CBD Oil: Does It show up in a Drug Test?


Ideally, CBD Oil shouldn’t show up on your drug test. However, some vendors may sell CBD products that include THC, the key mind-altering ingredient in marijuana. In very rare cases, this element can cause a positive result.

What to do when your CBD product contains THC

You can avoid this if you buy quality CBD Oil from slow release capsules which contains less than 0.3% of THC or have products that are enriched with various terpenes and zero THC. These are the things to look for when you’re shopping for quality CBD Oil: fast acting patches, oils and tinctures that won’t show up on your drug test.

Different types of CBD

CBD Oil is made from cannabis plants. These plants have hundreds of natural compounds, such as cannabinoids, flavonoids, and terpenes. Their chemical form varies according to their parent varieties and strains. Marijuana products contain varying concentrations of THC. The product THC produces the feeling of being “high” that marijuana users experience when they take it. Nevertheless, CBD Oil products are not only determined by the variety of their parents but also the process for harvesting and refining them will change the dominant element in these products; therefore, CBD Oil products are often labeled either one different kind or quality:

Full Spectrum CBD Oil

Cannabis-based CBD oil, which comes from the marijuana plant, has a higher THC level than hemp-based CBD oil. Marijuana-based CBD contains terpenes, cannabinoids, and flavonoids in addition to CBD. Hemp-based CBD oils are limited to 0.3% THC content or less. Full spectrum CBD products include tinctures, edibles, serms, topicals and oils.

Broad-spectrum CBD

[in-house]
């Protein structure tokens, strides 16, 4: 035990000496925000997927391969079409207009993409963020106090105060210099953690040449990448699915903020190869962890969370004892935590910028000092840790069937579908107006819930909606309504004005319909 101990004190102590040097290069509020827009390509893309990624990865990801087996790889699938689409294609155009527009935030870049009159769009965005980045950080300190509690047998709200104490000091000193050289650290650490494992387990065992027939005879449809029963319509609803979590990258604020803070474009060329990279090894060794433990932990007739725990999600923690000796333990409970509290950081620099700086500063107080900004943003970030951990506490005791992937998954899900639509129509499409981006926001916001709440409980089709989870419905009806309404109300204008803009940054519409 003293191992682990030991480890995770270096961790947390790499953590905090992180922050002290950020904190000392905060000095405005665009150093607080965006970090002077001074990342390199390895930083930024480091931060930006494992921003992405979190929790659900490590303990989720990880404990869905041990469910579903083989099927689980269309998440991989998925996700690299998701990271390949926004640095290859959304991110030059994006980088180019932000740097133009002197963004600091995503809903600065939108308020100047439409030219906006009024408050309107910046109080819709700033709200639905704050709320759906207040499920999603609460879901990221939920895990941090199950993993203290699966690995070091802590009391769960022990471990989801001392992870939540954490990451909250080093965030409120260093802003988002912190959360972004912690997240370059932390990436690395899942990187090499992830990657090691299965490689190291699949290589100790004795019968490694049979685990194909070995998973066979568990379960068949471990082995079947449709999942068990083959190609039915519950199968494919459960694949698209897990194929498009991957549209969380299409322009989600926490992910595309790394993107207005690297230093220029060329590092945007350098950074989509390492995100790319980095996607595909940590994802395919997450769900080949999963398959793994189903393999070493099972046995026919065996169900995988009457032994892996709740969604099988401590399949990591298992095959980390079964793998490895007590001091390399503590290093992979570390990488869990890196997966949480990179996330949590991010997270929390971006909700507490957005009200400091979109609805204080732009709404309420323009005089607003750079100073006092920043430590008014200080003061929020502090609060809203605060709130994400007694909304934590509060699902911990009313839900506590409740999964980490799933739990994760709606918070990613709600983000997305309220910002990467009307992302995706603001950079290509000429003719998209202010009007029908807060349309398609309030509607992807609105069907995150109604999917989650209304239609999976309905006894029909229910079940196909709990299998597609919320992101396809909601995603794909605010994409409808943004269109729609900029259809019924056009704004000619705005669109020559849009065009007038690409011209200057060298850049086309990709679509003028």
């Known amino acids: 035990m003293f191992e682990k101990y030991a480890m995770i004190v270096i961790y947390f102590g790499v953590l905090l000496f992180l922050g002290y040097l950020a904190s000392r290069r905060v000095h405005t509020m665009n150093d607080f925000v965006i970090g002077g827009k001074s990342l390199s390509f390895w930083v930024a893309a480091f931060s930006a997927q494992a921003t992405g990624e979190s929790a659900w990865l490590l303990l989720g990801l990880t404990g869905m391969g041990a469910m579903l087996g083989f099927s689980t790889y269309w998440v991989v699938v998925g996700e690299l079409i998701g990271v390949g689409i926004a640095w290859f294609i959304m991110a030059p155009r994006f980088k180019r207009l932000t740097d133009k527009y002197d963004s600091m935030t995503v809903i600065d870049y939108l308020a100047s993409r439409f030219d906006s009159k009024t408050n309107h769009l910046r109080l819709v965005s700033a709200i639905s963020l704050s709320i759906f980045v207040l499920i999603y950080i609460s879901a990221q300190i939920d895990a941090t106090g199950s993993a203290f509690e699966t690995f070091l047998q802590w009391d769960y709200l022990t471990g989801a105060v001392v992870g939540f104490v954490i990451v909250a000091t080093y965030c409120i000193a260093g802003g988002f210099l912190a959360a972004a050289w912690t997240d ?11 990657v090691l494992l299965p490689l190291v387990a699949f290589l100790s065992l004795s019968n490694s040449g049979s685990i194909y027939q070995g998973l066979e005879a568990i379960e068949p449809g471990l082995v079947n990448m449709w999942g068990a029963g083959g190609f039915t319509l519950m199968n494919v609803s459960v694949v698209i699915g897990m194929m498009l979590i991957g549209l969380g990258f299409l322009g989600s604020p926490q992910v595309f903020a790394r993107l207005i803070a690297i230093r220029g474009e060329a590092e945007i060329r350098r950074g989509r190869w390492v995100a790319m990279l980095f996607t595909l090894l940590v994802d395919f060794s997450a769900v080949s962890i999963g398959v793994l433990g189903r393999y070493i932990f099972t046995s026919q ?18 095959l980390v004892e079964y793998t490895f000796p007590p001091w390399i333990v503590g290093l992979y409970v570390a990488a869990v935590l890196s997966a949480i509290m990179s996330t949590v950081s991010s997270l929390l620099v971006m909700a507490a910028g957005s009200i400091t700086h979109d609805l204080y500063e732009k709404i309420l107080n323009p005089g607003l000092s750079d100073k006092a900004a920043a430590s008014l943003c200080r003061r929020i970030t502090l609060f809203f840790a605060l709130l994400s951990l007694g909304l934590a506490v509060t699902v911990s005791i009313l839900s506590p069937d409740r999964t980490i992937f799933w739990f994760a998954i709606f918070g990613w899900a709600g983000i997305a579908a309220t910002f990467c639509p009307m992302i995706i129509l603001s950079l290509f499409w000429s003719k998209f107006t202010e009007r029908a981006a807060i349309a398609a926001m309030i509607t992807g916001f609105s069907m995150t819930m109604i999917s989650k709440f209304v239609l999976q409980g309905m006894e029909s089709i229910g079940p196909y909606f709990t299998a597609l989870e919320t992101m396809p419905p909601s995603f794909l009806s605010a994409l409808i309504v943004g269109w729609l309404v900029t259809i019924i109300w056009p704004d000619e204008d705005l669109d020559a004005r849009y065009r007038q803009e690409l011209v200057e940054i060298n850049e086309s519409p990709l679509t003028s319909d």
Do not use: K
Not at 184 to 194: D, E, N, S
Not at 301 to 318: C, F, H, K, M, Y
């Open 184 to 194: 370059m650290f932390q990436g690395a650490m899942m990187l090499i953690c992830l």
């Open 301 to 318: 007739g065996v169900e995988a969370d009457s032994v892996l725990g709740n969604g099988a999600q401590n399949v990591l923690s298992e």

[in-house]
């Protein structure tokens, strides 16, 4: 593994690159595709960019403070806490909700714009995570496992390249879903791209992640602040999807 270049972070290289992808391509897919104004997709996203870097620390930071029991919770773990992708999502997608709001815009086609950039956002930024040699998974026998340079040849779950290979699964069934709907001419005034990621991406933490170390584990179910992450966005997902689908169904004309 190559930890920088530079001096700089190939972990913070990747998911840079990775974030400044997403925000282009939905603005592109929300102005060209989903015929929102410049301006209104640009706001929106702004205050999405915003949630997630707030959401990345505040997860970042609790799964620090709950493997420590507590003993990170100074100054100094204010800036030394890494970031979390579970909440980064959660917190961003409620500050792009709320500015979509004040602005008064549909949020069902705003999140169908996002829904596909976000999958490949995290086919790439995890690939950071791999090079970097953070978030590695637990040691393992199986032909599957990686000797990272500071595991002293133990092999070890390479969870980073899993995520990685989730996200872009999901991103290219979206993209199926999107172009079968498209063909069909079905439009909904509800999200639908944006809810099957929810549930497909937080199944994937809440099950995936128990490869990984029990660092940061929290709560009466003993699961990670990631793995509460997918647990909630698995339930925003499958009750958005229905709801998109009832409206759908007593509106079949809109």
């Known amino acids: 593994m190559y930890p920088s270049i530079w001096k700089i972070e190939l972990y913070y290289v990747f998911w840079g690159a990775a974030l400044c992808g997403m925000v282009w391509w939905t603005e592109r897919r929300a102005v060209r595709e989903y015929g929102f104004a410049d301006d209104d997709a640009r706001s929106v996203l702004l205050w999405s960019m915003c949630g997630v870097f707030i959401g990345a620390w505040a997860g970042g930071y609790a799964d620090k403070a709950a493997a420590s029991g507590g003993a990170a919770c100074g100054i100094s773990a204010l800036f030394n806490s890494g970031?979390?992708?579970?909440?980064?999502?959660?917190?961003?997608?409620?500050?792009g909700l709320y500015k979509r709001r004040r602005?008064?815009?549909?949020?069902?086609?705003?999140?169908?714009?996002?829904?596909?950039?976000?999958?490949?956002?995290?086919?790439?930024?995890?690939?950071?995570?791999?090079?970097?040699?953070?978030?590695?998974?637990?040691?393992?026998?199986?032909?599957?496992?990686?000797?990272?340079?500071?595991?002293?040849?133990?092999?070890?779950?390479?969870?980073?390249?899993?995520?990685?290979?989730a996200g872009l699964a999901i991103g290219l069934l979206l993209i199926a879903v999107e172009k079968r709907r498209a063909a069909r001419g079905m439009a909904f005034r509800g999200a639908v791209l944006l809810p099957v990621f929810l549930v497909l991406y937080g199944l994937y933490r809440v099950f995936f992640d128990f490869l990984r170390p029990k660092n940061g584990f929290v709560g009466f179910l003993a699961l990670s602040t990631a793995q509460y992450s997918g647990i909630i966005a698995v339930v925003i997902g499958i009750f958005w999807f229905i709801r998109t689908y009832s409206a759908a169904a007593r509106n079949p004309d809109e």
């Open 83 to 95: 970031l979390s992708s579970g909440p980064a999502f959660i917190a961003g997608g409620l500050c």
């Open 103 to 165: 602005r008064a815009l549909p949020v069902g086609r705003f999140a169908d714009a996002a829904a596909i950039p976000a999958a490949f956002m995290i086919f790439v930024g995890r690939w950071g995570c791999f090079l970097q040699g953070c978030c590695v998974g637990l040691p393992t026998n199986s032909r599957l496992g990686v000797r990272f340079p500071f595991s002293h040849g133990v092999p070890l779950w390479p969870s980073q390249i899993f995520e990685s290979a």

Broad-spectrum CBD contains almost all the compounds found in the parent plant, which includes terpenes and a number of cannabinoids. The difference between full spectrum and broad spectrum CBD is that the former does contain THC (albeit less.) Broad spectrum CBD isn’t as common and usually comes in oil form.

CBD Isolate

CBD is naturally occuring in the hemp plant. It does not contain any THC, which is the element in cannabis that causes a high. This CBD is usually found in crystalline form or as small pieces that can be broken up and eaten. You can also find it as a tincture or oil.

Other reasons why using CBD can cause you to register THC

Cross-contamination

It is possible for CBD and THC to mix together when a manufacturer prepares products that contain trace amounts of both. In some cases, cross-contamination can occur at home or in stores if your take CBD near a product containing THC.

Poor labeling of products

The FDA does not regulate CBD, which means they’re not required to have third-party tests done on their products. It’s also been shown that in a recent study of 84 online CBD products, 21 tested positive for THC. This implies that mislabeling these products is a common practice in the CBD industry. Further research will be needed to know if this occurs in the American market as well.

Is it possible for CBD to turn into THC in the body?

There is a misconception that CBD will convert to THC when it’s ingested. However, scientists think that this actually occurs in your stomach because the conditions are acidic.

Tests have shown that this is in fact true. To ensure your CBD stays THC-free, you should start by reading the individual ingredients on the product labels to find out what its source is.

If it is marijuana, there’s a high chance it will contain THC. Hemp products are not THC-free, although they don’t contain as much THC as marijuana products do. When buying an edible, make sure that it tells you exactly how much of THC each serving contains for more accurate dosage information.

Final Take

There should be no concern, however, as many products containing CBD are all natural and not psychoactive. To ensure that you don’t interact with CBD products, go to a reliable vendor and ask them for a CBD-containing product of your choice.


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